This website has featured a number of posts that experimented with mapping out a more complete and robust rapid transit network for the Bay Area, with a focus on the urban areas of San Francisco and the inner East Bay of Oakland and Berkeley. This page is an organizational home base for those various posts. The maps here focus on San Francisco, Oakland, and Berkeley not only because this region is where most Bay Area transit riders are, but also because the urban core has been sadly neglected while BART has extended and continues to plan future extensions further and further into exurban hinterlands — a trend I would very much like to see reversed, for many reasons.
Despite the heading of this page — fantasy transit maps — the maps are based on “real life” considerations, including, to varying extents: ridership patterns both present and anticipated, engineering feasibility, cost, the greater goal of creating a rapid network, and land use/development potential. (One remark: although transit inevitably can become highly politicized, this is often to the detriment of building an effective project — so one factor these maps do not take into account is the inevitable political wrangling that would eventually occur once projects are proposed.) Based as they are on these considerations, the maps are not a complete fantasy, but at the same time, the goal is to present a more expansive long-term vision than what is currently being discussed officially. Depressing though it may be to say, we do want to be upfront about this: at the rate transit projects in the Bay Area are planned and built, some of the proposals in these maps would take, at a minimum, decades to complete.
A couple early posts began by looking just at rail expansion. The San Francisco subway map differentiates between BART and Muni Metro expansions. The East Bay rail map is especially fantasy-oriented in that its expansions are marked (by default) as BART. More realistically, a new AC Transit light rail division would serve the highest ridership corridors more than adequately. The rail maps:
The next set of maps draws out an expanded bus rapid transit (BRT) network, presenting a cost-effective alternative to costly subway tunneling while still capturing some of the benefits of rail through a dedicated right of way and station platforms. These maps were developed in response to a greater interest among Bay Area transit planners in the BRT mode following its success in places like Curitiba, Brazil and Bogotá, Colombia. They include the three BRT corridors currently in planning (Geary Boulevard and Van Ness Avenue in San Francisco, and Telegraph/East 14th Street in the East Bay) and use those as a framework around which to build out the rest of the network. The BRT maps:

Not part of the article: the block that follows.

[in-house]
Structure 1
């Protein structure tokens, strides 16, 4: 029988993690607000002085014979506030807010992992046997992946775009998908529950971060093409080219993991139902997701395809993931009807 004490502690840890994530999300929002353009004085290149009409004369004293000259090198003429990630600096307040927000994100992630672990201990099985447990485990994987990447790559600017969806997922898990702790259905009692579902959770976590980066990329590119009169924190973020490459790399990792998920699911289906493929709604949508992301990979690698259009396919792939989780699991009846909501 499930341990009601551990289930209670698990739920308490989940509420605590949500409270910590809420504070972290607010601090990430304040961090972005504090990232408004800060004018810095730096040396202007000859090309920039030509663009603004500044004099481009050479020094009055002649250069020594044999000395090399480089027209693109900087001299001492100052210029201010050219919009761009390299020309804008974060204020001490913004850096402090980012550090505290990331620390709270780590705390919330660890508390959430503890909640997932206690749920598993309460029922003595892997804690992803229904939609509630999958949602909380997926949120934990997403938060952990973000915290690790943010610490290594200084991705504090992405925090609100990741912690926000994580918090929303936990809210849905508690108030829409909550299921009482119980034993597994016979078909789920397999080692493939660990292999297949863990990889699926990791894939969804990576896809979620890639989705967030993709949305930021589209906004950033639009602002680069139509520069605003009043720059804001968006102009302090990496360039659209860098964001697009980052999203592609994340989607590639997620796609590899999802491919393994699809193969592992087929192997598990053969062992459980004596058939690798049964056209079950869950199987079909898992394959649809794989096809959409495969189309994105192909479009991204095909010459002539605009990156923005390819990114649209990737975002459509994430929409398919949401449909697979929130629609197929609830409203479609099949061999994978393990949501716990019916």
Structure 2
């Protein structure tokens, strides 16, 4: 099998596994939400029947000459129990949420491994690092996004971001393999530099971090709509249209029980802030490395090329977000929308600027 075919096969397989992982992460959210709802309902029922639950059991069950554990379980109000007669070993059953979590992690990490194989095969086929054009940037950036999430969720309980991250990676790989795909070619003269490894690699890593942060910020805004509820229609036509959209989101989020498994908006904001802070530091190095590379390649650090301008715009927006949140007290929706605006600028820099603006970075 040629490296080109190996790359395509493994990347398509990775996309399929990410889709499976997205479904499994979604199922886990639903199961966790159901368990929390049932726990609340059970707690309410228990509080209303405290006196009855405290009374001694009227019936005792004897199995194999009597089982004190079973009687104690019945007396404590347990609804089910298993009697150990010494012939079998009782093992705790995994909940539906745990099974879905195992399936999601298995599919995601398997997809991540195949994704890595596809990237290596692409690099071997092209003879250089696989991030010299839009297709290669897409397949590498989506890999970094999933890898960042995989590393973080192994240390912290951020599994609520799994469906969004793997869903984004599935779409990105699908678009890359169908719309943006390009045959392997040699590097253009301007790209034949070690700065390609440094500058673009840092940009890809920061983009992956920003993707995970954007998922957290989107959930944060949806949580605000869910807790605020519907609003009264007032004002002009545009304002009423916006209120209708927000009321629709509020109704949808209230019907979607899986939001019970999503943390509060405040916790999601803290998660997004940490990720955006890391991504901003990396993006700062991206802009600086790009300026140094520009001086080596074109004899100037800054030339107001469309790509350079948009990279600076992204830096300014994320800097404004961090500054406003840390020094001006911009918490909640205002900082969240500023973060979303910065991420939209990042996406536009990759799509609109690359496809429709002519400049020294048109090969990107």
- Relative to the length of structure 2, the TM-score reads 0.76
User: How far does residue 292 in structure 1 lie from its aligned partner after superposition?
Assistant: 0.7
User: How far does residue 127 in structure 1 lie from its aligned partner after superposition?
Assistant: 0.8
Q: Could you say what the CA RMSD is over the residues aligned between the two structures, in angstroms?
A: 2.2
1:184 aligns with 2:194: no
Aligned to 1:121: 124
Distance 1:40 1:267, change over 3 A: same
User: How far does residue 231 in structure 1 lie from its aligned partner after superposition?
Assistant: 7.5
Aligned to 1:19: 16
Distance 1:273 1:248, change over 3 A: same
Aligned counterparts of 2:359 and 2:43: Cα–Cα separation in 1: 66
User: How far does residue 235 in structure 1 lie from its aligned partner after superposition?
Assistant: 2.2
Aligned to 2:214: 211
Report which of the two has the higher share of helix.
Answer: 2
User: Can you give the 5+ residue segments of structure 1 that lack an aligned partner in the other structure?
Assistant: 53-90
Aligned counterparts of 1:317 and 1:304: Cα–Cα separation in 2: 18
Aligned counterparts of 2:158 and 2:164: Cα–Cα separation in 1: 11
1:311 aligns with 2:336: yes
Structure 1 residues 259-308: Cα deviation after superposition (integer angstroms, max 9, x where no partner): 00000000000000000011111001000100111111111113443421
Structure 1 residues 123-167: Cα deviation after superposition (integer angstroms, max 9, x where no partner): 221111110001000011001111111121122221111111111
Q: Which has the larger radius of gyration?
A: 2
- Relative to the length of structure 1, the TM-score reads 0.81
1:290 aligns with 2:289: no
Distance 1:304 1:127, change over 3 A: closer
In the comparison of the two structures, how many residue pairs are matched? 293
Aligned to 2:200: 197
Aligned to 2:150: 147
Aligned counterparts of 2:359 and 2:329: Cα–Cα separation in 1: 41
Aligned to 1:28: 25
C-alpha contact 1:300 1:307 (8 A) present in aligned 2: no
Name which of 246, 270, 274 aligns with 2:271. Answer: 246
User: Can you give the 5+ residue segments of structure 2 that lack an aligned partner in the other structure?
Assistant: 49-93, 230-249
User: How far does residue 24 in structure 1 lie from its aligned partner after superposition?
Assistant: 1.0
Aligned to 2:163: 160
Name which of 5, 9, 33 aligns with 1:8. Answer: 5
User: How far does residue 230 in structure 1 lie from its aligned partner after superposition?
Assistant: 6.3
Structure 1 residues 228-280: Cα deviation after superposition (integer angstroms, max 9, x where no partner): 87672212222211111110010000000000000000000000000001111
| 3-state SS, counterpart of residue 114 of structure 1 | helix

Admittedly, the rail versus BRT division of the maps is artificial and was chosen mainly to simplify map plotting. It is counterproductive and a bit silly to focus on expanding only one transit mode. The best solution is to mix and match, prioritizing corridors and choosing the modes that best serve both present and future demand along those corridors. As such, none of these maps is a complete proposal on its own. The ideal transit fantasy map would really be a combination of the maps presented here, implementing rail in some places and BRT in others.
To read more about these particular maps, including links to full-size images and zoom-ins on downtown San Francisco and downtown Oakland, please see these posts:
More recently, an April Fools Day posting pretended that Bay Area regional planning authorities were interested in pursuing an expanded urban transit network — a sad commentary on the current state of affairs, because it includes projects that we are not planning now, but ought to be. A couple maps were also prepared in connection with that post:
Commission Unveils Regional Plan For Transit, 1 Apr. 2009
Finally, our last fantasy map (for now) rethinks the mostly suburban, transit-hostile Silicon Valley. An expensive BART extension is planned for Milpitas, San Jose, and Santa Clara — but for a number of reasons, we believe this project to be flawed and not worth its expensive price tag ($7.6 billion). In lieu of BART to San Jose, we would propose that Santa Clara County redirect the funding it intends to allocate to BART, and instead build a network of commuter rail, light rail, and bus rapid transit — which would trigger more widespread land use changes throughout Silicon Valley. In that sense, our South Bay fantasy map is not at all fantastical, but is eminently practical. To read more, please refer to these posts:
And finally, the maps. The left map presents the planned BART extension, while the right map includes Caltrain Metro East and a collection of local transit projects: